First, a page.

In Aztec mythology, a princess, Iztaccíhuatl, fell in love with one of her father's warriors, Popocatépetl. The emperor sent Popocatépetl to war in Oaxaca, promising him Iztaccíhuatl as his wife when he returned. Iztaccíhuatl was falsely told Popocatépetl had died in battle, and believing the news, she died of grief. When Popocatépetl returned to find his love dead, he took her body to a spot outside Tenochtitlan and kneeled by her grave. The gods covered them with snow and changed them into mountains. Popocatépetl became an active volcano, raining fire on Earth in blind rage at the loss of his beloved.
Great Pyramid of Tenochtitlan
The Great Pyramid of Tenochtitlan rose 197 feet the capital of the Aztec empire and current site of modern day Mexico City. The Great Pyramid, or Temple Mejor as it is also known, was surmounted by dual shrines to the god of war Huitzilopochtli and god of fertility Tlaloc. The temple was enlarged several times during its history, and for the last time in 1487, when between 2,000 and 20,000 people were sacrificed over 4 days during its reconsecration. The Museum is set in the heart of downtown Mexico City in the area known as the Historical Center.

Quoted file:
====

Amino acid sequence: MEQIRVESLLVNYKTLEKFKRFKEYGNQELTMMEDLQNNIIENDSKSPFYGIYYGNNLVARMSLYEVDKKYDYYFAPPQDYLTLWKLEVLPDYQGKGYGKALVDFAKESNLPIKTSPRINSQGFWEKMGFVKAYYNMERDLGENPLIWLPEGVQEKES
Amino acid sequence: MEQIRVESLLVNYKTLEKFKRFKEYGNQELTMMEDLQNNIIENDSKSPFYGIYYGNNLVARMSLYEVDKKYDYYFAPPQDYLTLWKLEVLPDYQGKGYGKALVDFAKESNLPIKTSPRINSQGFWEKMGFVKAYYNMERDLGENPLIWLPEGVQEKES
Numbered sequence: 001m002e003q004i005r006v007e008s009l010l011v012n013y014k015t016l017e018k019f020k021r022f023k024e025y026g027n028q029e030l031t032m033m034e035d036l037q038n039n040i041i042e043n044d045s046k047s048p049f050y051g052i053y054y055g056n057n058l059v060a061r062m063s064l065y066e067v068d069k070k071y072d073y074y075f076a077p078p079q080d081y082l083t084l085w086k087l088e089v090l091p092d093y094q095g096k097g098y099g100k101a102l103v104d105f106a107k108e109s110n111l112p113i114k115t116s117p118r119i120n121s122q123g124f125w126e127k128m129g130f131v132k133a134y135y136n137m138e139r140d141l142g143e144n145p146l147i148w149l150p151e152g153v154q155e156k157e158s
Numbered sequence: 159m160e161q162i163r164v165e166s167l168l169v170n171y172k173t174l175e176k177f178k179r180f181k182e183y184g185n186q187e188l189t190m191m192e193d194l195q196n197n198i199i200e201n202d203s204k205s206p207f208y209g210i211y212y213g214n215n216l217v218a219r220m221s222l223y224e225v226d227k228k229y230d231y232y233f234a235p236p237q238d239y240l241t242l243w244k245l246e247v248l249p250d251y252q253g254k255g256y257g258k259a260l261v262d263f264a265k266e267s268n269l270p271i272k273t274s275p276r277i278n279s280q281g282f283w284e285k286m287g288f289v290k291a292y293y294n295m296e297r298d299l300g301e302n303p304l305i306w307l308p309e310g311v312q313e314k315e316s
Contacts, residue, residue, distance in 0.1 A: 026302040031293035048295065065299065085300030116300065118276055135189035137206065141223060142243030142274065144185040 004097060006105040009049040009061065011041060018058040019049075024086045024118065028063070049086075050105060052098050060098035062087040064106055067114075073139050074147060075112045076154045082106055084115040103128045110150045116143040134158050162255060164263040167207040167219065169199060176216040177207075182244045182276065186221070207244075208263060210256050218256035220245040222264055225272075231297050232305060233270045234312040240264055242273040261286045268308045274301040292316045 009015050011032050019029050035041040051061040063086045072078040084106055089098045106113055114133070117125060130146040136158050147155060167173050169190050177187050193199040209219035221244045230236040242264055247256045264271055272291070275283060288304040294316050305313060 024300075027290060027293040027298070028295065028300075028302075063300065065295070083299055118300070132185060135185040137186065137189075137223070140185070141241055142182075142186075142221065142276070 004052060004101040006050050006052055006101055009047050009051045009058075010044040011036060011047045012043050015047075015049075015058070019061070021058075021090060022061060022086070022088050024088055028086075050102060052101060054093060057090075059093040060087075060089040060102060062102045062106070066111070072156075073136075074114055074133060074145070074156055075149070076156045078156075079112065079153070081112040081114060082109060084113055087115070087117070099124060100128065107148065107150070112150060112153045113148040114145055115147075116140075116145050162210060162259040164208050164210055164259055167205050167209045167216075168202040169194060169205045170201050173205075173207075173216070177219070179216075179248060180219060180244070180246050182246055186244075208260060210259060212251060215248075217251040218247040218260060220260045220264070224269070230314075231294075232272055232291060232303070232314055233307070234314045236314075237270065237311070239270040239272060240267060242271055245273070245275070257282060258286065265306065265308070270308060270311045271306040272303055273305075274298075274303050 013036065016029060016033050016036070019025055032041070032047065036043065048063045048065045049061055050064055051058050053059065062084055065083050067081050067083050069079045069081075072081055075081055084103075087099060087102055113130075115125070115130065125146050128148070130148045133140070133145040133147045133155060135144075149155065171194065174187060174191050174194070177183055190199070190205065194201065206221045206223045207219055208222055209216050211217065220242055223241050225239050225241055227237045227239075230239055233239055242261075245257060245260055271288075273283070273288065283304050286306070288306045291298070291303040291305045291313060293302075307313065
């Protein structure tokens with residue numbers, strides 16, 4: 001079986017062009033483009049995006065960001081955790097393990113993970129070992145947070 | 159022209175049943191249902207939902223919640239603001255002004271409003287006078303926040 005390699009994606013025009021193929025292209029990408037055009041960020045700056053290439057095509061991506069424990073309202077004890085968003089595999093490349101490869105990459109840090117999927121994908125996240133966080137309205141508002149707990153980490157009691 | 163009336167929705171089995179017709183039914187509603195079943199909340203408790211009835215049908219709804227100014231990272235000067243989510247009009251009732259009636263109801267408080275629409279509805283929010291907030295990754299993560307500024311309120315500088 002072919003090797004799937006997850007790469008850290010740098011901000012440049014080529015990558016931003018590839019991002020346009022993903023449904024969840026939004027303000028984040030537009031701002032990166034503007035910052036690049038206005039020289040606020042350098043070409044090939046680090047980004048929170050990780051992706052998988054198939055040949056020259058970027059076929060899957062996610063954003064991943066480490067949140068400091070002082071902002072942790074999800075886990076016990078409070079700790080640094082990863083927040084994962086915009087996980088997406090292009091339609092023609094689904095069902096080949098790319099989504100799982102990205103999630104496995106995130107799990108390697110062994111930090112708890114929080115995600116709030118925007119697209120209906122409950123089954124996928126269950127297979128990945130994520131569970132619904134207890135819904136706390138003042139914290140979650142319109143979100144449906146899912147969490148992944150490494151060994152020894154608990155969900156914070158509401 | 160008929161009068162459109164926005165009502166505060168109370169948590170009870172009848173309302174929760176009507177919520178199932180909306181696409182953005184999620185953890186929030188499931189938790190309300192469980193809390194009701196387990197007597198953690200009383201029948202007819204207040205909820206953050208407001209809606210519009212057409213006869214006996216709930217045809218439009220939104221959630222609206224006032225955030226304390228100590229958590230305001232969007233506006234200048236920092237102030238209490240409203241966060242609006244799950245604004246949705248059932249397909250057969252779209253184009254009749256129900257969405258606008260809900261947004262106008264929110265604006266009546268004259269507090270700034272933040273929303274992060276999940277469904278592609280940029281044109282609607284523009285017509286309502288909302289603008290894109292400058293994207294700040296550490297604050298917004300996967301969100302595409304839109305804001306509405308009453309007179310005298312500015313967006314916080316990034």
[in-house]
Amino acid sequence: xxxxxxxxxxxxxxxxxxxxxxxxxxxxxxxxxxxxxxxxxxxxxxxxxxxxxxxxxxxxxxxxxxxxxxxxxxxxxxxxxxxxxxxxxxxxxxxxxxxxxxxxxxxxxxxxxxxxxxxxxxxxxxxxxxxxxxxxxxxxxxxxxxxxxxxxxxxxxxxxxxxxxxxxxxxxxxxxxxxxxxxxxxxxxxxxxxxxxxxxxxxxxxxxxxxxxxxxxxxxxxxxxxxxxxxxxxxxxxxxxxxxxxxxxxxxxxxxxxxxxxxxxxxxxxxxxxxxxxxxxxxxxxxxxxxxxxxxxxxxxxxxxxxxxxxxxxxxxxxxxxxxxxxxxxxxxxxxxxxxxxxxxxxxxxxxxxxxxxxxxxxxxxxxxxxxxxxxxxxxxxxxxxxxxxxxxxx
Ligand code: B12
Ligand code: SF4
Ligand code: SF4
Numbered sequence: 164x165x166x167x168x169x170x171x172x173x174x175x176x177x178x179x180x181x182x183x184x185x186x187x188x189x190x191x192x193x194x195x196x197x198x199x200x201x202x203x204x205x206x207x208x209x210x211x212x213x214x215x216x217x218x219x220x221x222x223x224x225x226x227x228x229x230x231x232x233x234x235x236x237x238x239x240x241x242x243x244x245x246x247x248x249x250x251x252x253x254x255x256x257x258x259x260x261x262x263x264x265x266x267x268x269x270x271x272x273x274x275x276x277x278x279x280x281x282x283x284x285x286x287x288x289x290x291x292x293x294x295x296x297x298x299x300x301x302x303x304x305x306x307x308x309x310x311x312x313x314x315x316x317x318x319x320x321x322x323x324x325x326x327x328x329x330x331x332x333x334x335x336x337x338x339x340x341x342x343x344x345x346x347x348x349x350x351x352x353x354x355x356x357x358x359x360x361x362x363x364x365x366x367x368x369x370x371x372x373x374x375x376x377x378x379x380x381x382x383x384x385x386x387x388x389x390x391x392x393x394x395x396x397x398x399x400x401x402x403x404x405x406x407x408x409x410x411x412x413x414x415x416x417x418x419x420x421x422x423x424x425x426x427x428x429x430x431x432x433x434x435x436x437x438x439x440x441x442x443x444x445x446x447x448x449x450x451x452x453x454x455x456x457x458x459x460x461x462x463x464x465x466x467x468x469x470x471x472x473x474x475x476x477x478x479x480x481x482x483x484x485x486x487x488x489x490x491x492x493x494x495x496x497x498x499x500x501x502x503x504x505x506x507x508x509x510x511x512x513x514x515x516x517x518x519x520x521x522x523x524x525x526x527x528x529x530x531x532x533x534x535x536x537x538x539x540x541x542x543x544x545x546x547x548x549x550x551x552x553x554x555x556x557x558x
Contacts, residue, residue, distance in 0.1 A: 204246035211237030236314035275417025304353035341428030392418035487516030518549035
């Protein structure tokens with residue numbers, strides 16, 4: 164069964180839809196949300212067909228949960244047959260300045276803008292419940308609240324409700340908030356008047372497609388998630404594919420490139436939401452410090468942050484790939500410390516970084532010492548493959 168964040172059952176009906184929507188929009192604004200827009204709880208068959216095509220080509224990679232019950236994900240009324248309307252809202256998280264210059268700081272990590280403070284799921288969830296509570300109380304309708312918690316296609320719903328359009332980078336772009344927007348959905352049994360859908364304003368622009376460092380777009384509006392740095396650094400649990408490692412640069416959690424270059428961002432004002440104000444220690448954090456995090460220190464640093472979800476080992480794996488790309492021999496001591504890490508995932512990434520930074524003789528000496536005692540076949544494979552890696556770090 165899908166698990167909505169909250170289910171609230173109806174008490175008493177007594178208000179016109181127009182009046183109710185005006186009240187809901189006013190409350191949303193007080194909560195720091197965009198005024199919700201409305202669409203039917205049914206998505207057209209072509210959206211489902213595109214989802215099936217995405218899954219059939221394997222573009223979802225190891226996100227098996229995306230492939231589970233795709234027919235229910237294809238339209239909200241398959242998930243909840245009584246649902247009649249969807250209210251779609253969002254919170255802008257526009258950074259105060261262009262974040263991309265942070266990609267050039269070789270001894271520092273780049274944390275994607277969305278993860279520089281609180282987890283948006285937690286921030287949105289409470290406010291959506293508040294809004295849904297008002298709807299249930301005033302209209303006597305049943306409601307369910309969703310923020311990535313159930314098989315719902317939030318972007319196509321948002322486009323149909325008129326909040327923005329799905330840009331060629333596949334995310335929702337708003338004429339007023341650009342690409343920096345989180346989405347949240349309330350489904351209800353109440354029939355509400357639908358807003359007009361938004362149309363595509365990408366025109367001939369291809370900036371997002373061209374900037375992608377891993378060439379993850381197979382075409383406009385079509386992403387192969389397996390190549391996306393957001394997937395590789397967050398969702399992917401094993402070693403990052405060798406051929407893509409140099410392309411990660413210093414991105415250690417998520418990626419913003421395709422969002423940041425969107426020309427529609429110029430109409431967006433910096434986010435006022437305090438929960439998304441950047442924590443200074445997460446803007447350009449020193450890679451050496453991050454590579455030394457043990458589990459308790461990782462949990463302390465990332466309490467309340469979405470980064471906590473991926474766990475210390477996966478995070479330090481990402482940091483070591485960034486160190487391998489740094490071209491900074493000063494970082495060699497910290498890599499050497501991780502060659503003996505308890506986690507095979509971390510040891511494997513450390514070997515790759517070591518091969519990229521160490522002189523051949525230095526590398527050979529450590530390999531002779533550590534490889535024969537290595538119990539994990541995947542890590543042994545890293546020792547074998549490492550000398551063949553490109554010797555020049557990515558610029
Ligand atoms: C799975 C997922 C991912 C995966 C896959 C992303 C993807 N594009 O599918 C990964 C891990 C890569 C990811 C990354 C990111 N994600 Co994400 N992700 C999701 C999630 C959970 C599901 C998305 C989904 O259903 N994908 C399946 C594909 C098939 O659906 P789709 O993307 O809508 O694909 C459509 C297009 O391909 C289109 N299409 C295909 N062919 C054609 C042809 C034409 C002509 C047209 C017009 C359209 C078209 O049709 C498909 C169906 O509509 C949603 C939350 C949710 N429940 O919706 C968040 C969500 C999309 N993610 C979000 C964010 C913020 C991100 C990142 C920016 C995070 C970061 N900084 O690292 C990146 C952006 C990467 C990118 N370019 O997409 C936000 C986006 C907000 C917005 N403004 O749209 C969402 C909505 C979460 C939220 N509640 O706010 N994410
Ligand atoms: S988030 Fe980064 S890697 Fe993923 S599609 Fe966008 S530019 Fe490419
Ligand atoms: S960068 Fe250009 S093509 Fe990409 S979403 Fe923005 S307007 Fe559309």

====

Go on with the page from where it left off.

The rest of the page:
An enormous green area in the middle of the city, covering 2000 acres.
The tallest building in Latin America at 738 feet tall, it is the strongest building on earth able to withstand 8.5 earthquakes.
Great Pyramid of Tenochtitlan
Modification to the Environment: Water Control in the Valley of Mexico
Accommodation to the Environment: ProAire, Air Pollution Reduction
How the People Depend on the Government
Examples of Movement
Rural to Urban Migration
Sistema de Transporte Colectivo
90.5% Roman Catholic, but declining over the last few decades
3.6% Protestants and Evangelical
1.3% Other Christian (Eastern Orthodoxy, Mormons, 7th Day Adventists, Jehovah’s Witnesses)
0.8% Other (Islam, Buddhists,